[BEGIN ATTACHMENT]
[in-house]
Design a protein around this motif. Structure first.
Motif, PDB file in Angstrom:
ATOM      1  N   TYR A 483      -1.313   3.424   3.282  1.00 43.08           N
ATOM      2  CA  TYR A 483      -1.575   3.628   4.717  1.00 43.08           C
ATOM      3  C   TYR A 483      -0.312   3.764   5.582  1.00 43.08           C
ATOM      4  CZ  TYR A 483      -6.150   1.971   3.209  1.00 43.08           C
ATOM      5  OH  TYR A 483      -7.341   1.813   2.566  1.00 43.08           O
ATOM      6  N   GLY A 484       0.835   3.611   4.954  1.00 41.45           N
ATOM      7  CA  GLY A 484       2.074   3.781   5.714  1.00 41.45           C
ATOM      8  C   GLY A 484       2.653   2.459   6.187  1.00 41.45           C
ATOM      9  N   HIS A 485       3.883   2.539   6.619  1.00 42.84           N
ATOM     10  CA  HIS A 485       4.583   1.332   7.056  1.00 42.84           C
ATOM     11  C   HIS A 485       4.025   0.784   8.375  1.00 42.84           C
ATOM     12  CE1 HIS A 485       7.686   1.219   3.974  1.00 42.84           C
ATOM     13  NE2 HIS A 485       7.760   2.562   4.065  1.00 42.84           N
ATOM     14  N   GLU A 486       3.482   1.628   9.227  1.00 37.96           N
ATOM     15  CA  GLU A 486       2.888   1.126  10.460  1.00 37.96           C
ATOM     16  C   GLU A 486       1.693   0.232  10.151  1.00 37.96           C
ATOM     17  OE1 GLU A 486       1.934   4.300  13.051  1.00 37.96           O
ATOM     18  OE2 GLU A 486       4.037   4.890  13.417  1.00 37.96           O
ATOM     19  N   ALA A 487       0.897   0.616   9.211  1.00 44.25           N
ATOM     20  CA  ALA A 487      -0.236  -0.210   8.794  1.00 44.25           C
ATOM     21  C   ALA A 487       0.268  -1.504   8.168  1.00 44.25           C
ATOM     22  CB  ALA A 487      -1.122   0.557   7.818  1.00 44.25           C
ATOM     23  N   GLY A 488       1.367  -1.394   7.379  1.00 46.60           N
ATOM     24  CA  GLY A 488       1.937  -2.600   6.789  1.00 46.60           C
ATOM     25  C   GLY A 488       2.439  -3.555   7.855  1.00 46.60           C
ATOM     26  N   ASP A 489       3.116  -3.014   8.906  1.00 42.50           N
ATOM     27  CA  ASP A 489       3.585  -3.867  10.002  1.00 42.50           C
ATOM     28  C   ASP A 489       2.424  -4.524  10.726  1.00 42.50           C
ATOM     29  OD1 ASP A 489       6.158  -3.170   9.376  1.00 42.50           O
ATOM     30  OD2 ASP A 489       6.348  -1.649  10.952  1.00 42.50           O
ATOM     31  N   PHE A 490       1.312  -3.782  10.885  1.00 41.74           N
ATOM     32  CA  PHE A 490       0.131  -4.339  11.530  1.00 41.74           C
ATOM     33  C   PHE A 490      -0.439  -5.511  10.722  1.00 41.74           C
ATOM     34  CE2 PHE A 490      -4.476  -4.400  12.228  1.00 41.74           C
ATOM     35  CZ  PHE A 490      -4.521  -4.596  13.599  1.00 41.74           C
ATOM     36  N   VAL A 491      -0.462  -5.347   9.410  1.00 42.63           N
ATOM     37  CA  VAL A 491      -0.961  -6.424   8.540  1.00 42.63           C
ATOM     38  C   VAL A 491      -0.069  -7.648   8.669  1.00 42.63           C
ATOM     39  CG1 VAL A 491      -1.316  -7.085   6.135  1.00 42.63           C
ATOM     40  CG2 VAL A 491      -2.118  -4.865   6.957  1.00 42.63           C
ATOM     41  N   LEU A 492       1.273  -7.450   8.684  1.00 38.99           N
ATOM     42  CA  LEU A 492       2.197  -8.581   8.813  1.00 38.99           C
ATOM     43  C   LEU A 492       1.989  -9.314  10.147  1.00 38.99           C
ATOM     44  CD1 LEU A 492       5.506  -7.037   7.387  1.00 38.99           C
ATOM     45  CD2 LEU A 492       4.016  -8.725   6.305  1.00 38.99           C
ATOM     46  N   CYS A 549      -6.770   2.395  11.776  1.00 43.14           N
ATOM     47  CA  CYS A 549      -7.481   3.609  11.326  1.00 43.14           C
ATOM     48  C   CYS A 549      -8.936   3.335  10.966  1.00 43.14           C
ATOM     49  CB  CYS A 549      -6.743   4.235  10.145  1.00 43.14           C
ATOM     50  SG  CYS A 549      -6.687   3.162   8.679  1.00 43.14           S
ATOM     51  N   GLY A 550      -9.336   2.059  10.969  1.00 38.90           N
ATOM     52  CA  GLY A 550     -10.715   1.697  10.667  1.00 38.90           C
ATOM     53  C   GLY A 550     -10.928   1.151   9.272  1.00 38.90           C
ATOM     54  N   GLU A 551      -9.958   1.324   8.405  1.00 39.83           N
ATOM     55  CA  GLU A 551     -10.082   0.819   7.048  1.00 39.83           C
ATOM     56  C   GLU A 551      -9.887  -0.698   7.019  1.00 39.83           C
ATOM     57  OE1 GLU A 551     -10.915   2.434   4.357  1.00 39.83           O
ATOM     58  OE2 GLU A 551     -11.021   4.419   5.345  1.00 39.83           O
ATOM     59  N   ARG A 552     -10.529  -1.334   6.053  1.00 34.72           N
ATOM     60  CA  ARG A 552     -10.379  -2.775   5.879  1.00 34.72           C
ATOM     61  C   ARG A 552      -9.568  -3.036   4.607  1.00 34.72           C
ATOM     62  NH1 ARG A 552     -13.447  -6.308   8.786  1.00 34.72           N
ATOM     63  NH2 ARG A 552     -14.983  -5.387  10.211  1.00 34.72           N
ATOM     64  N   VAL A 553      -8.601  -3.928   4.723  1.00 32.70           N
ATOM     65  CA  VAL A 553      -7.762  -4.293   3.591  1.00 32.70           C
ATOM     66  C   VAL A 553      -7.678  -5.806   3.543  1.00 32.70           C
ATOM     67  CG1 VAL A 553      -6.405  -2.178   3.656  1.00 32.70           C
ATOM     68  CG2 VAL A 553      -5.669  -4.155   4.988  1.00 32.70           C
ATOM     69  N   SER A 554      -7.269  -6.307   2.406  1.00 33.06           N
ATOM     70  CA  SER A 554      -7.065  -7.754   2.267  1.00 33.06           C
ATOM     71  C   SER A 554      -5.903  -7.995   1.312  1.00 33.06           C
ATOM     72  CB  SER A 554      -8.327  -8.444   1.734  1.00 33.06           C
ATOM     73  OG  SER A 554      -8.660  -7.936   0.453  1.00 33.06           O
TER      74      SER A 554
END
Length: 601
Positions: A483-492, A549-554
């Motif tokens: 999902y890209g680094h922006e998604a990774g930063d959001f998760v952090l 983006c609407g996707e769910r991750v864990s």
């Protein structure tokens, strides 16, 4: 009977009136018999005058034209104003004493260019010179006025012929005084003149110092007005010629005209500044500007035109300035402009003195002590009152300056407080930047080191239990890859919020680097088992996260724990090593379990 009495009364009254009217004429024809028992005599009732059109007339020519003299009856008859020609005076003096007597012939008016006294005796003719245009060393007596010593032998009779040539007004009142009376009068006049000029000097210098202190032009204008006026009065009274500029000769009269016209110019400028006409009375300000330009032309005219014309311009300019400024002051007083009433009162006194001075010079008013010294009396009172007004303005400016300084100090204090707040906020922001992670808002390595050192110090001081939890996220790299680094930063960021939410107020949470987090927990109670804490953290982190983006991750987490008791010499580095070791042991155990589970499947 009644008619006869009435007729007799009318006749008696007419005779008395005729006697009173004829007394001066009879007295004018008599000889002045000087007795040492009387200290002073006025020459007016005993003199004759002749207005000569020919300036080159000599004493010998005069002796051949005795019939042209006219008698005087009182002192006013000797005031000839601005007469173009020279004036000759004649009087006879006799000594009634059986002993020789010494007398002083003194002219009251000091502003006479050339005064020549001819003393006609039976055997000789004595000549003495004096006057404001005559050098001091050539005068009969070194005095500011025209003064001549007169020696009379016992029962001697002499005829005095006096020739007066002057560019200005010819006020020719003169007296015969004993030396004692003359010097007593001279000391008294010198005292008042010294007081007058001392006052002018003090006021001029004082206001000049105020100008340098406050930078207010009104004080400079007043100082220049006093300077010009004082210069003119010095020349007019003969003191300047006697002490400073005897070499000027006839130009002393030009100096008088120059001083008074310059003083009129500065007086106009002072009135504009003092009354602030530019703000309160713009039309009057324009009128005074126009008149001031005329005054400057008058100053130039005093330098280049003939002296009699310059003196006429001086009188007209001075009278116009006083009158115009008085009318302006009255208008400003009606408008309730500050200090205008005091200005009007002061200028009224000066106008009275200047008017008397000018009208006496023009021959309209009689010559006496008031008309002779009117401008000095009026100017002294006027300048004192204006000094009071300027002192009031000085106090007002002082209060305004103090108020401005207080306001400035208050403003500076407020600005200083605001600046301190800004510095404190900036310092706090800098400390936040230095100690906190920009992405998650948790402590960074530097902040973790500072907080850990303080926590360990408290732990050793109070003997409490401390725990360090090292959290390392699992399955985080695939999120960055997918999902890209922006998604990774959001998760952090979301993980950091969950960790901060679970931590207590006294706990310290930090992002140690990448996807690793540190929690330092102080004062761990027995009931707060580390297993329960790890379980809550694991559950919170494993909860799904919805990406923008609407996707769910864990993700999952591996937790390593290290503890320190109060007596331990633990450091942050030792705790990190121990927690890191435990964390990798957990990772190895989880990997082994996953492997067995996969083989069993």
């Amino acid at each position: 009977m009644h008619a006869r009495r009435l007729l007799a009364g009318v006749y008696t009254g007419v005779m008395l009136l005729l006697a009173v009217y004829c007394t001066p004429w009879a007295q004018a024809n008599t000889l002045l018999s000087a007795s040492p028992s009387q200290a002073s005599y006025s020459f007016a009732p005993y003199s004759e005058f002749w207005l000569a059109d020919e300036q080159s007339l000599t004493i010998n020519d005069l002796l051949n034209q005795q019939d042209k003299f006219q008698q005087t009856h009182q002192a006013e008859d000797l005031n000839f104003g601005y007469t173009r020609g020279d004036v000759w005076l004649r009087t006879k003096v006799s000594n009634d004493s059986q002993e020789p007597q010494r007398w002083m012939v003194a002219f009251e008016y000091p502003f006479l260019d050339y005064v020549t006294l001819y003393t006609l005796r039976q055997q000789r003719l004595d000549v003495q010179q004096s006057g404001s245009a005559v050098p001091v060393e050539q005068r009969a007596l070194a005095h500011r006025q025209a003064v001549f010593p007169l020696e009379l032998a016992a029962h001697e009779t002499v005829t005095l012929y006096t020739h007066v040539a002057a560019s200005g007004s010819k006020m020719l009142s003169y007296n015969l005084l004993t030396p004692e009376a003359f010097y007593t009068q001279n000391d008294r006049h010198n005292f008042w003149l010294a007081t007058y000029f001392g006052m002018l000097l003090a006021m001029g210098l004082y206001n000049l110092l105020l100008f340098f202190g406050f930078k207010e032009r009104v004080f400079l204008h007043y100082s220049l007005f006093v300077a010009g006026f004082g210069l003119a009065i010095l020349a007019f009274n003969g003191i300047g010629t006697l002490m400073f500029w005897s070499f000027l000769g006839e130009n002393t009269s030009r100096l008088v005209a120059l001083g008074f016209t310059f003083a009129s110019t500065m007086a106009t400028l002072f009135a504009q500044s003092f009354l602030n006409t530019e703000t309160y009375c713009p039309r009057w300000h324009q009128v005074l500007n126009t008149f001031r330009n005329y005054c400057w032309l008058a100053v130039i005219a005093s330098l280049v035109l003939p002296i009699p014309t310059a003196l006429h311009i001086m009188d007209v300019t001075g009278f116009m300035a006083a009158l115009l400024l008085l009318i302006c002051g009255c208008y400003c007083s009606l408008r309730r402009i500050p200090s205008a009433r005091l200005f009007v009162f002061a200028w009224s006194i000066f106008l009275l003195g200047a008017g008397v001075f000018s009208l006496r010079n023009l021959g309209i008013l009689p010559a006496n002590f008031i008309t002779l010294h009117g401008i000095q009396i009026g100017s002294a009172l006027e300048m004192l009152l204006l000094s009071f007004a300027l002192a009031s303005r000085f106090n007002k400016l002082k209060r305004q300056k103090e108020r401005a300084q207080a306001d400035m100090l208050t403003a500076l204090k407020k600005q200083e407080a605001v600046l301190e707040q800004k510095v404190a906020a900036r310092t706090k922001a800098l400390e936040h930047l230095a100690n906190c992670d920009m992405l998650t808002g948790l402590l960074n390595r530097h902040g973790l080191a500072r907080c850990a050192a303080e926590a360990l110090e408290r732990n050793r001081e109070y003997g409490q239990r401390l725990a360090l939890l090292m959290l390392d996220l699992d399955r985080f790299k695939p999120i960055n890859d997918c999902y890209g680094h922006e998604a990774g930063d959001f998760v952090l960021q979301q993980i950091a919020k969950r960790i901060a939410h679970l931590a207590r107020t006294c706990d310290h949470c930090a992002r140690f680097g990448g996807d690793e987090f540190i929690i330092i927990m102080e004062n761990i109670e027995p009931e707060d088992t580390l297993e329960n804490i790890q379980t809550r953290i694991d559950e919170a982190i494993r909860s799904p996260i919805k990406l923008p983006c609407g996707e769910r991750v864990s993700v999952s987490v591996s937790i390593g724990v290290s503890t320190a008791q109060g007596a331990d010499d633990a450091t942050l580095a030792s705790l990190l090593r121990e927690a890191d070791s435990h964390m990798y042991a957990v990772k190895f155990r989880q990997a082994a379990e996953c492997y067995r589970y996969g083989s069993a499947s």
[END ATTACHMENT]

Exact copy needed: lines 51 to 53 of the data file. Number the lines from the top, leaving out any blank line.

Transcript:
ATOM     48  C   CYS A 549      -8.936   3.335  10.966  1.00 43.14           C
ATOM     49  CB  CYS A 549      -6.743   4.235  10.145  1.00 43.14           C
ATOM     50  SG  CYS A 549      -6.687   3.162   8.679  1.00 43.14           S